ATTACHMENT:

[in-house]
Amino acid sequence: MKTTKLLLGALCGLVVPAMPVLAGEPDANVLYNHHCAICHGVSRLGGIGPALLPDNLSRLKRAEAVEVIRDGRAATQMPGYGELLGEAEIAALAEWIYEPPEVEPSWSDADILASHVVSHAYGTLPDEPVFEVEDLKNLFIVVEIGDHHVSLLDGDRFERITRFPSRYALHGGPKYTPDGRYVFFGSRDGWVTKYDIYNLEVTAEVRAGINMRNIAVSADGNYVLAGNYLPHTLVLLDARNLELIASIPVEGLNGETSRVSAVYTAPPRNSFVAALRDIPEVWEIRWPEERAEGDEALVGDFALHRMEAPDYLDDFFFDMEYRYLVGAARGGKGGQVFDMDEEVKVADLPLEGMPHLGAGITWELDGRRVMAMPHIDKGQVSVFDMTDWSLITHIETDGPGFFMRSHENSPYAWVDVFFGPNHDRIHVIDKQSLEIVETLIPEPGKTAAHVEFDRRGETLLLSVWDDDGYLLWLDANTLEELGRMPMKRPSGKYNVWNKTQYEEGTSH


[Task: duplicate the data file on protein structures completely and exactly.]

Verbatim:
[in-house]
Amino acid sequence: MKTTKLLLGALCGLVVPAMPVLAGEPDANVLYNHHCAICHGVSRLGGIGPALLPDNLSRLKRAEAVEVIRDGRAATQMPGYGELLGEAEIAALAEWIYEPPEVEPSWSDADILASHVVSHAYGTLPDEPVFEVEDLKNLFIVVEIGDHHVSLLDGDRFERITRFPSRYALHGGPKYTPDGRYVFFGSRDGWVTKYDIYNLEVTAEVRAGINMRNIAVSADGNYVLAGNYLPHTLVLLDARNLELIASIPVEGLNGETSRVSAVYTAPPRNSFVAALRDIPEVWEIRWPEERAEGDEALVGDFALHRMEAPDYLDDFFFDMEYRYLVGAARGGKGGQVFDMDEEVKVADLPLEGMPHLGAGITWELDGRRVMAMPHIDKGQVSVFDMTDWSLITHIETDGPGFFMRSHENSPYAWVDVFFGPNHDRIHVIDKQSLEIVETLIPEPGKTAAHVEFDRRGETLLLSVWDDDGYLLWLDANTLEELGRMPMKRPSGKYNVWNKTQYEEGTSH